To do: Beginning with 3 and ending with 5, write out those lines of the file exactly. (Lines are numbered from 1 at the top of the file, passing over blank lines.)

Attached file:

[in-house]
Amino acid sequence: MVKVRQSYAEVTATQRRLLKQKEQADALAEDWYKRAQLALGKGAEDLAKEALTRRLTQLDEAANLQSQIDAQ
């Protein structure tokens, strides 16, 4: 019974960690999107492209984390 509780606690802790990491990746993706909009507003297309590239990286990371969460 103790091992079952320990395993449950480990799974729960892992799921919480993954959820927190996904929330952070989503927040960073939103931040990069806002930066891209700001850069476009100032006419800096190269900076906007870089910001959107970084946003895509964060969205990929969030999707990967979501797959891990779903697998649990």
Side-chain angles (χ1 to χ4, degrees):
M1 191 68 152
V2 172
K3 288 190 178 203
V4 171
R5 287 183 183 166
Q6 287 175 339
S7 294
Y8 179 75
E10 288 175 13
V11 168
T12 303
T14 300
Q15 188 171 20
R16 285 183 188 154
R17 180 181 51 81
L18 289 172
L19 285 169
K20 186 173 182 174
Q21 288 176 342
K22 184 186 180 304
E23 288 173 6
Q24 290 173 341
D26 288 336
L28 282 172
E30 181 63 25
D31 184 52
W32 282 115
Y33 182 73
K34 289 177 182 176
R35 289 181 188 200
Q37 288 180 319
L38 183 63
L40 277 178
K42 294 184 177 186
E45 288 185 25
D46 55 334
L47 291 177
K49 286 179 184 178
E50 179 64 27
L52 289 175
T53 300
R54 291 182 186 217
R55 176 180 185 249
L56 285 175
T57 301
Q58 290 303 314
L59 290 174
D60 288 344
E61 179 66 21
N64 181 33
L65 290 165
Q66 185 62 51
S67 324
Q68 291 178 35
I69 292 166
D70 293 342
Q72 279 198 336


């Protein structure tokens, strides 16, 4: 019974960690999107492209984390 509780606690802790990491990746993706909009507003297309590239990286990371969460 103790091992079952320990395993449950480990799974729960892992799921919480993954959820927190996904929330952070989503927040960073939103931040990069806002930066891209700001850069476009100032006419800096190269900076906007870089910001959107970084946003895509964060969205990929969030999707990967979501797959891990779903697998649990």
Side-chain angles (χ1 to χ4, degrees):
M1 191 68 152